It’s been over sixteen years since I missed a game at home due to reasons that weren’t holidays, work or weddings. For Tuesday’s win against Crawley, I had to make do with Internet message boards, streaming radio, Twitter feeds and live text commentary.
It wasn’t always like this, in my university days I might get the half-time score, if I was in the house to hear it. Teletext could give me the full time score, but that was about it, unless you count half a paragraph on the game in the Sunday People. As a result, a whole generation of Oxford players are little more than vaguely recognisable names to me.
Now it’s a multi-channel experience, and that’s without any TV rights. The streaming radio is pretty familiar – gravely Oxford icon Nick Harris’ is supported by Jerome and Nathan, who are much more in the camp mould of modern BBC commentary. Harris is like the amiable dad taking his boys to the football. He tries to get involved with the banter, but fundamentally he doesn’t understand most of the jokes and target references. Let’s face it he probably doesn’t understand why players wear white boots and probably calls trainers ‘sand shoes’.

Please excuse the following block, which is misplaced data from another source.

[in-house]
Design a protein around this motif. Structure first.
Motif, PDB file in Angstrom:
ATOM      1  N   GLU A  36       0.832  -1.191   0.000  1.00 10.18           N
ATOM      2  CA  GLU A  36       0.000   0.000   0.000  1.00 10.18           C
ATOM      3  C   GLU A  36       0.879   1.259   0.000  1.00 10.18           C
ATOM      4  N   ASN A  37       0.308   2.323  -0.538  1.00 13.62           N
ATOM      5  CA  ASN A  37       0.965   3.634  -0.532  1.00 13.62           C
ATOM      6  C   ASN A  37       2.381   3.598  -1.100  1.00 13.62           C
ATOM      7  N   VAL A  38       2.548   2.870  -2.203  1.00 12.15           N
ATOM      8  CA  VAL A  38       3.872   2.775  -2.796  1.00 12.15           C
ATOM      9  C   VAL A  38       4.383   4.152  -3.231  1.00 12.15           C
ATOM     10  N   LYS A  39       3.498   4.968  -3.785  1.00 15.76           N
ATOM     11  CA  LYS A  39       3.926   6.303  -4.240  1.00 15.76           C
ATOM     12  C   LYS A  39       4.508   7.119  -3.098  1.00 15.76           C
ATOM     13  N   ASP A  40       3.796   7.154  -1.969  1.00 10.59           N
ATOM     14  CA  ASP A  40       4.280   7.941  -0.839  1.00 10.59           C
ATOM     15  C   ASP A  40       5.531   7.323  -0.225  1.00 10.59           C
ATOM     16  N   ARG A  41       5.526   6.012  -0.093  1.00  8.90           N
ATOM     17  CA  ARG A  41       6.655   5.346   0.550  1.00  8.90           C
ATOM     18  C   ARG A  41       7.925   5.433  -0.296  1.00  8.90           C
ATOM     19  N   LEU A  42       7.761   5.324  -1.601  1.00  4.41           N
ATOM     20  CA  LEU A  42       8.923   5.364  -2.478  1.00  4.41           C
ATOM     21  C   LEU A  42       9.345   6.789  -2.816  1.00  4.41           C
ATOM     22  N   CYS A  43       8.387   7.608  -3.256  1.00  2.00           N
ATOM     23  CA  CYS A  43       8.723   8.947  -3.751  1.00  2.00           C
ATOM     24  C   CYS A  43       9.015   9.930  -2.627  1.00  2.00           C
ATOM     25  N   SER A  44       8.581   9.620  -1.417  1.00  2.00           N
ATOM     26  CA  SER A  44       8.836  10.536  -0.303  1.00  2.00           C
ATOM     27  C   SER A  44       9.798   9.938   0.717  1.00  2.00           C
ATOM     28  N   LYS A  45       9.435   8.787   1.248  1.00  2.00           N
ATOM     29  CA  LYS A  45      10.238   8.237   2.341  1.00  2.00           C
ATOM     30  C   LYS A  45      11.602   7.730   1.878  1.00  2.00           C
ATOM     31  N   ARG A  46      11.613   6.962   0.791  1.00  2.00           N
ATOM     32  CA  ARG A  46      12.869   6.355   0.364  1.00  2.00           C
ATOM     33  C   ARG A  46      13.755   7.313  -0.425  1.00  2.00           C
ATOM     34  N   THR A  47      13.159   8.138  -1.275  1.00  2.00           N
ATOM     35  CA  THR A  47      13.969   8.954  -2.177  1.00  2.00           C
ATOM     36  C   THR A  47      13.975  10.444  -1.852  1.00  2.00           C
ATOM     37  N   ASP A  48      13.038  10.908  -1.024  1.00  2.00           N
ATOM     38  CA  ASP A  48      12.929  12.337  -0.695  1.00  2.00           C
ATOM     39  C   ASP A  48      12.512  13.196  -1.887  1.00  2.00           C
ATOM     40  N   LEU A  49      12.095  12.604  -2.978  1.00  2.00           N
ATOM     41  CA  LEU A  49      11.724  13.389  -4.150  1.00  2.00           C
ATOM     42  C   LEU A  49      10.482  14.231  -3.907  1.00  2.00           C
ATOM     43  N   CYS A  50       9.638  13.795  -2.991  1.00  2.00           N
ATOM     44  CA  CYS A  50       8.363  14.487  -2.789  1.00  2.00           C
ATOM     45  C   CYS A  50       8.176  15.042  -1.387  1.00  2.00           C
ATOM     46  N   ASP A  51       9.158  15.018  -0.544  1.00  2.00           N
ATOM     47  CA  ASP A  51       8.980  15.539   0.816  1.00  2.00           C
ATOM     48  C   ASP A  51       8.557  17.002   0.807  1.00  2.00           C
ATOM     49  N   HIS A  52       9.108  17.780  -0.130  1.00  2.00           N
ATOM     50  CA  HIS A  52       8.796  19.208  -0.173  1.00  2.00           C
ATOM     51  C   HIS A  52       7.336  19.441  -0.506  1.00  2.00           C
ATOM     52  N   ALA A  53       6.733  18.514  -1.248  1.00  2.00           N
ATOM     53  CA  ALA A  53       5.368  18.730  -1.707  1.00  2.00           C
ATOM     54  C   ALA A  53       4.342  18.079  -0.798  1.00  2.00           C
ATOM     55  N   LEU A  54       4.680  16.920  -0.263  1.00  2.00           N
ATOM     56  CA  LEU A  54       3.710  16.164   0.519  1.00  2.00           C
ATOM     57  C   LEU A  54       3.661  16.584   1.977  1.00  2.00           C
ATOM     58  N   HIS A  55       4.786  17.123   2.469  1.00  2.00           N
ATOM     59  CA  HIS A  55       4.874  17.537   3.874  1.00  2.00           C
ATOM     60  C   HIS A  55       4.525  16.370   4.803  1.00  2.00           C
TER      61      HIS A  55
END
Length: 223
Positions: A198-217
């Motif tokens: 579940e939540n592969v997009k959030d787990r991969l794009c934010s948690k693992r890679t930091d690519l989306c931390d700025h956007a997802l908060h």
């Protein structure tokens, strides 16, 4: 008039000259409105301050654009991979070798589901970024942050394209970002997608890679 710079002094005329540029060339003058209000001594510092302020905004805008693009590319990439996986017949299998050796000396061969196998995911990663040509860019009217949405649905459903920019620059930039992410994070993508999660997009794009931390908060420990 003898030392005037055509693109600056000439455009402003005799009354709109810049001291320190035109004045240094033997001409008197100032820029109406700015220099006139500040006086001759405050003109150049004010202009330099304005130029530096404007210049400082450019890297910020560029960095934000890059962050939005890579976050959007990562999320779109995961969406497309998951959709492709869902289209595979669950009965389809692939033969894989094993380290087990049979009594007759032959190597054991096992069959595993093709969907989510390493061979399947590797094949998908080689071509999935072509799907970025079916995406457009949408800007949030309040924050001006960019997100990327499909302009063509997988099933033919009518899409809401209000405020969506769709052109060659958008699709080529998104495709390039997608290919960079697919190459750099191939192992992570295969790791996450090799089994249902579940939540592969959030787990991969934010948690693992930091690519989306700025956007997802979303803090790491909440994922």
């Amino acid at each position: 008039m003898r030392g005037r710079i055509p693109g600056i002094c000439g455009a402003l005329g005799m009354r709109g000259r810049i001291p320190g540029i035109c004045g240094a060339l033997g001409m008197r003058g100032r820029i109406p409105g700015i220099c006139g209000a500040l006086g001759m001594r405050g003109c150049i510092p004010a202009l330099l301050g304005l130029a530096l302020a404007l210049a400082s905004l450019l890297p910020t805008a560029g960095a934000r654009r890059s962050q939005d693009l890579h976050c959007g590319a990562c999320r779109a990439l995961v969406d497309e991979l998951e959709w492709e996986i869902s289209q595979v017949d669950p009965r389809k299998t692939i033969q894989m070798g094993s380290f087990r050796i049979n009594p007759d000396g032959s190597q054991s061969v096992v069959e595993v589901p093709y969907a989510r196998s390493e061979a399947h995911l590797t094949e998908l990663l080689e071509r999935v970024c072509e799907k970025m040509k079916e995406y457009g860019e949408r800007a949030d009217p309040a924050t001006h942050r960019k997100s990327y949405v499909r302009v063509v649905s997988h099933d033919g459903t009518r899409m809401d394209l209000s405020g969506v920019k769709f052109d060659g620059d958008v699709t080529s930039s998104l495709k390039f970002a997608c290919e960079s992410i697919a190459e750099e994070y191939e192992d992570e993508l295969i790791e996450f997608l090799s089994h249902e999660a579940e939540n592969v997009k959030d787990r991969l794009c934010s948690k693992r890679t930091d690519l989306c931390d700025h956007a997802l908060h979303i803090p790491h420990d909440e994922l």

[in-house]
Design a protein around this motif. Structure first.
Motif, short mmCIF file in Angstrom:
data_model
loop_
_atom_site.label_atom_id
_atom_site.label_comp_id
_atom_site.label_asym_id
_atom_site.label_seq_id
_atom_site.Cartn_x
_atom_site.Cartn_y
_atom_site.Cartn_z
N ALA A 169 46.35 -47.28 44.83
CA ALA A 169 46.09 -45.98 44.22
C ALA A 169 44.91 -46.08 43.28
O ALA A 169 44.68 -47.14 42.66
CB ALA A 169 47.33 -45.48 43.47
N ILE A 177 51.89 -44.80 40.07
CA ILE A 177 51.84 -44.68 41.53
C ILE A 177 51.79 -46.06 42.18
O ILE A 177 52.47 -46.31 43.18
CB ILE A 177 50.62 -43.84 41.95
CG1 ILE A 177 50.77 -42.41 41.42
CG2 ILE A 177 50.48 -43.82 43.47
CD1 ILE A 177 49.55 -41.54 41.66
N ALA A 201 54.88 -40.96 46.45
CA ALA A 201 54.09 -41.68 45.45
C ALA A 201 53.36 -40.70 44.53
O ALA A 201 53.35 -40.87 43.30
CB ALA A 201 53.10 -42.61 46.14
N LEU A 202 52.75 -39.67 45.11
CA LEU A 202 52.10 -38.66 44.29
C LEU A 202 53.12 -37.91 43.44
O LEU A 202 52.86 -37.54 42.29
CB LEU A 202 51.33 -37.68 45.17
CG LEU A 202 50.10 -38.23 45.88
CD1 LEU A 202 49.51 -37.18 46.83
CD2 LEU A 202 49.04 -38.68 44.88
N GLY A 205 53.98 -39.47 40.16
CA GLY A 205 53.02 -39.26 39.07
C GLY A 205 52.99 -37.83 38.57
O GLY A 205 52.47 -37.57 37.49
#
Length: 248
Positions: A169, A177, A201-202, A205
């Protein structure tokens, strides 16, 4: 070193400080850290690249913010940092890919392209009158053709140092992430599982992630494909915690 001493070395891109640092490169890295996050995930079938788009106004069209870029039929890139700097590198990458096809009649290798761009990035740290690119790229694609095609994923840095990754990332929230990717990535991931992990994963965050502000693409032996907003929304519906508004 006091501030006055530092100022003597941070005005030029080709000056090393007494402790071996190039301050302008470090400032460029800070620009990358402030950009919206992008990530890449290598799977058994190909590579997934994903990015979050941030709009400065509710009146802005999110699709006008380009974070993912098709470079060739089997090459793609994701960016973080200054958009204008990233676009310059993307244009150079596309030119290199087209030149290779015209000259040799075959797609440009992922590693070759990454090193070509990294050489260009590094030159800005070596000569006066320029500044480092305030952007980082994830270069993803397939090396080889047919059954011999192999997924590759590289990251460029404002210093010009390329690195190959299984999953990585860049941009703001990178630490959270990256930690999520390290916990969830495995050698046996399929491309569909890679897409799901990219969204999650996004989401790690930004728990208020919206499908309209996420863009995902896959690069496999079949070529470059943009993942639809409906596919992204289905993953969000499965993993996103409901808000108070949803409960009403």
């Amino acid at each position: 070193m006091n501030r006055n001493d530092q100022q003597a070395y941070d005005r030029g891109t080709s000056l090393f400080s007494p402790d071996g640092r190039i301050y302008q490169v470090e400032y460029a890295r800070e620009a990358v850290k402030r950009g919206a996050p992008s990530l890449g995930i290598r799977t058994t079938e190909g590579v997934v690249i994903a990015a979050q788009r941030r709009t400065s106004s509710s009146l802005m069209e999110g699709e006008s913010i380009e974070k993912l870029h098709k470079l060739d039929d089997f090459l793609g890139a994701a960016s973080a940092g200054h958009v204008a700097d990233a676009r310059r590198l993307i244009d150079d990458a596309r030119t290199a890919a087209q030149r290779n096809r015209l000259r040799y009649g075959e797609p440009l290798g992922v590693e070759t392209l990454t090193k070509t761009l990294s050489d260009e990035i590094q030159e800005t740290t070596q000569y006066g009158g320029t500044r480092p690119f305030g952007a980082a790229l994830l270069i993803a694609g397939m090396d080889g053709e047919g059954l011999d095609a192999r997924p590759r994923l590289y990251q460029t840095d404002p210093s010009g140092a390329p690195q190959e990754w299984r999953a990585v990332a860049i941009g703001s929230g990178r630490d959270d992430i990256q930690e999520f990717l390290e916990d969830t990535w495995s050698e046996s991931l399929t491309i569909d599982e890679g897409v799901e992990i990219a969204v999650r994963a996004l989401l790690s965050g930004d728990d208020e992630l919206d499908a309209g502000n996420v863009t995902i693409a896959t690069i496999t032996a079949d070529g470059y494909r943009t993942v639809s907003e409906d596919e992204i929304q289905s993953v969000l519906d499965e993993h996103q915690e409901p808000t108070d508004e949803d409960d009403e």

You can ‘read’ the BBC’s robotic text commentary, which I can only think is useful for people following the game at work and those suffering from autism. A typical commentary goes:
“15.03 Murray passes right footed into open play
Correction: Murray passes left footed into open play”
The discussion forums act as a useful counter balance as they are vitriolic by comparison. Most people seem to be channelling information from the radio broadcast, goals for are usually followed with: “Yes, Yes, Get In, Yes, Chappers” whereas conceded goals typically follow a “Shit, bugger, shit” pattern. What is truly baffling is when a discussion breaks out about an incident they clearly didn’t see and have virtually no insight to. On Tuesday following Jefferson Louis’ goal, one commented that ‘He’ll regret that celebration’ as though he’d pulled down his pants and shown his arse to the crowd. On TV the next day it looked pretty innocuous – the irony of shh-ing the South Stand presumably wasn’t lost on the gangling oaf.
It all sounded rather routine on Tuesday and so Saturday’s draw with Barrow probably should be seen in context of the last couple of weeks. We can’t complain at four points from the two big away days and seven since the Mansfield defeat. I have found that I’ve become more paternal towards the club when they go away. It all seems such a long way away, they put in so much effort, what happens if it’s not rewarded, how are they going to feel? I hope the big boys aren’t mean to them. Still, it sounds like they’re doing OK.